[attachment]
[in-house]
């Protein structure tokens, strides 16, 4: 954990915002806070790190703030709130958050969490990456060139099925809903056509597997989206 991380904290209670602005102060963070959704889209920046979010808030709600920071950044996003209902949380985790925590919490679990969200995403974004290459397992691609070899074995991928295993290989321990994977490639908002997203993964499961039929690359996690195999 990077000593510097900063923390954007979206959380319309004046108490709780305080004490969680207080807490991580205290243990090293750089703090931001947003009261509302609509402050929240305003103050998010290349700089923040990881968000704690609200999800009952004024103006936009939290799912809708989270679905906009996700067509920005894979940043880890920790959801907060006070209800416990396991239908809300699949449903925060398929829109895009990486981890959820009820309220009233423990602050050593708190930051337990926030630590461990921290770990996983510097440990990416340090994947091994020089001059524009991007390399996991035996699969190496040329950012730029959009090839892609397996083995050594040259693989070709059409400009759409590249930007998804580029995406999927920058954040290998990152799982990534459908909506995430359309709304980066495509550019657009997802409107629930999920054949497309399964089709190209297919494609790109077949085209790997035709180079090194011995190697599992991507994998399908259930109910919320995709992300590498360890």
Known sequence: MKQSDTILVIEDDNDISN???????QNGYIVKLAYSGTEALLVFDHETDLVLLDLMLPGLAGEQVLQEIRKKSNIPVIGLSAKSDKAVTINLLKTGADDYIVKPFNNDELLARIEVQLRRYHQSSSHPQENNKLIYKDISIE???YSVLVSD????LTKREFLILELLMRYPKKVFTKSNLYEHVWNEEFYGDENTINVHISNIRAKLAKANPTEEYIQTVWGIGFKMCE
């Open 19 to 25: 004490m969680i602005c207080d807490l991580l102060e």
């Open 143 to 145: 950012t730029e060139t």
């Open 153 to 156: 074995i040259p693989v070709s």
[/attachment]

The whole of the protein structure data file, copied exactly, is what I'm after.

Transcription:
[in-house]
């Protein structure tokens, strides 16, 4: 954990915002806070790190703030709130958050969490990456060139099925809903056509597997989206 991380904290209670602005102060963070959704889209920046979010808030709600920071950044996003209902949380985790925590919490679990969200995403974004290459397992691609070899074995991928295993290989321990994977490639908002997203993964499961039929690359996690195999 990077000593510097900063923390954007979206959380319309004046108490709780305080004490969680207080807490991580205290243990090293750089703090931001947003009261509302609509402050929240305003103050998010290349700089923040990881968000704690609200999800009952004024103006936009939290799912809708989270679905906009996700067509920005894979940043880890920790959801907060006070209800416990396991239908809300699949449903925060398929829109895009990486981890959820009820309220009233423990602050050593708190930051337990926030630590461990921290770990996983510097440990990416340090994947091994020089001059524009991007390399996991035996699969190496040329950012730029959009090839892609397996083995050594040259693989070709059409400009759409590249930007998804580029995406999927920058954040290998990152799982990534459908909506995430359309709304980066495509550019657009997802409107629930999920054949497309399964089709190209297919494609790109077949085209790997035709180079090194011995190697599992991507994998399908259930109910919320995709992300590498360890």
Known sequence: MKQSDTILVIEDDNDISN???????QNGYIVKLAYSGTEALLVFDHETDLVLLDLMLPGLAGEQVLQEIRKKSNIPVIGLSAKSDKAVTINLLKTGADDYIVKPFNNDELLARIEVQLRRYHQSSSHPQENNKLIYKDISIE???YSVLVSD????LTKREFLILELLMRYPKKVFTKSNLYEHVWNEEFYGDENTINVHISNIRAKLAKANPTEEYIQTVWGIGFKMCE
């Open 19 to 25: 004490m969680i602005c207080d807490l991580l102060e």
């Open 143 to 145: 950012t730029e060139t």
């Open 153 to 156: 074995i040259p693989v070709s």